The word choice describes Mitchell as a methodical thinker, someone who is very specific about what he chooses to say. He also knows how to hurt a person, striking the right spot in order to wound them, which is shown by the fact that after he writes his letter, they do not speak. The quote shows his intelligence, as well as his capability with the written word.

    • Kevin L. Ferguson says

      Aha–this supports what Joe was saying above–his “methodical” mind.

    • eldisakaeko88 says

      Yeah he is a methodical thinker, especially when Maddy said to Mitchell “I don’t really like you like that”, he went off and said ” Your not physically attracted to me, that’s fine but who said I was mentally attracted to you? “.

    • Jessica Danielle Powell says

      Yeah I totally agree. He’s extremely intelligent, and able to clearly get his poitn across with his words no matetr how much they hurt

  6. eldisakaeko88 says

    (Page 15, last paragraph.) “Mitchell was the kind of smart, sane, parent-pleasing boy she should fall in love with and marry. That she would never fall in love with Mitchell and marry him precisely because of this eligibility, was yet another indication, in a morning teeming with them, of just how screwed up she was in matters of the heart.”

    • eldisakaeko88 says

      He describes him as the guy Maddy’s parents would love to have as a son in law but that’s the same reason she doesn’t like him and because she isn’t physically attracted to Mitchell. Mitchell doesn’t seem like he cares about what people think about his physical appearance because of the description that is given when he meets her parents Phyllida and Alton at the cafe.

  7. andycrazn says

    “Madeleine had explained that people who were athletic sometimes got sore muscles. she understood that Michell might not have experienced this phenomenon, seeing as all he did was sit in the library, ……..” The author italicized the word athletic which led me to believe that hes skinny or overweight. The sitting in the library part makes me think hes inactive physically but loves mental exercises.

  8. Henna says

    “Without answering, Mitchell went to stand before the mirror on the back of his bedroom door. Mortarboards were medieval in origin. They were as old as “The Cloud of Unknowing.” That was why they looked so ridiculous. That was why he looked so ridiculous wearing one.”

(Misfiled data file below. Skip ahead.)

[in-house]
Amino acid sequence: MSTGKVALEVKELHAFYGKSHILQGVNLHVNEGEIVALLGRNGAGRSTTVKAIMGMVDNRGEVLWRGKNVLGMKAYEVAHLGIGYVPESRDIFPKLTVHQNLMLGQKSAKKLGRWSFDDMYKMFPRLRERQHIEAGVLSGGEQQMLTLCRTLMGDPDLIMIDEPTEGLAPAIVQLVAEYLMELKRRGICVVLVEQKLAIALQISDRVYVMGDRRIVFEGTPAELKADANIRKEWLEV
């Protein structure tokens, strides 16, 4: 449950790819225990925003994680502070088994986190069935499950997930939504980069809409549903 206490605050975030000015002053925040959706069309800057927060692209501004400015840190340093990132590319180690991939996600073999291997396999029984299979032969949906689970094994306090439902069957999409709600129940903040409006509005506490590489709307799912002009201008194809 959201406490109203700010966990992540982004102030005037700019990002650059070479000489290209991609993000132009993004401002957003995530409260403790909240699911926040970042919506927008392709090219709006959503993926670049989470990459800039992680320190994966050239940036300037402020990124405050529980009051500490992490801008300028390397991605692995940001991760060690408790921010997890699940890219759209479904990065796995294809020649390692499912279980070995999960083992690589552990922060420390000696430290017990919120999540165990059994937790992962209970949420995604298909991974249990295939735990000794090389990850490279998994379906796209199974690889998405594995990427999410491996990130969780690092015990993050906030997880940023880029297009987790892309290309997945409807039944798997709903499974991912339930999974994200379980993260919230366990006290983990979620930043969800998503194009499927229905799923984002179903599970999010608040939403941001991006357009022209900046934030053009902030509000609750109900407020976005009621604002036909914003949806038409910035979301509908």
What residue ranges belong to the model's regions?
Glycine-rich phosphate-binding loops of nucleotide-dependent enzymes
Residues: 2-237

As the story progresses we will see Mitchell become increasingly religiously curious and motivated. And appropriatly so, as Mitchell is self reflective and curious about the “whys.” He is not one to accept things at face value (few other graduates question the origin of their mortarboards and whether they helo contemporary value). Like the mortarboards, religion dates back centuries. Though he may question their significance now, like religion, through his travels Mitchell will come to recognize and value the importance of tradition, in the religious sense. In the above sentance, justly Eugenides characterizes Mitchell as self-judging (which will develop into a moral, ethical self-evaluaton) and phylosophically curious and intelligent.

    • Kevin L. Ferguson says

      You’re also making me think of the theme of “ritual” that’s associated with religion–we’ll see more later of the Quakers, who present a different kind of ritual.

    • morgan92 says

      Perhaps as the story progresses we might see Mitchell as curious and motivated but right now I do not see Mitchell as either one at all.

  9. femi says

    “‘Exactly!’ Mitchell cried. ‘You’re not attracted to me physically. O.K., fine. But who says I was ever attracted to you mentally'”?(19) This quote characterizes Mitchell because it shows his “bottom line” attitude. Mitchell isn’t afraid to speak his mind or challenge others despite what society says about his virtues. In the novel it is mentioned that he is majoring in religious studies and despite what he says about it not being lucrative, he is following his true interests where ever they lead him. In regards to the above comment he address to Madeleine, he told her that he wasn’t necessarily a big fan of the type of person she was. some might presume that he was a dog, only trying to get in her panties. He speaks what is true to himself all the time.

    • Kevin L. Ferguson says

      You don’t think maybe he’s just saying that to get under her skin? Put another way: do we always trust what the characters say? Or do Eugenides’s characters sometimes say the wrong things?

  10. xiomara capera says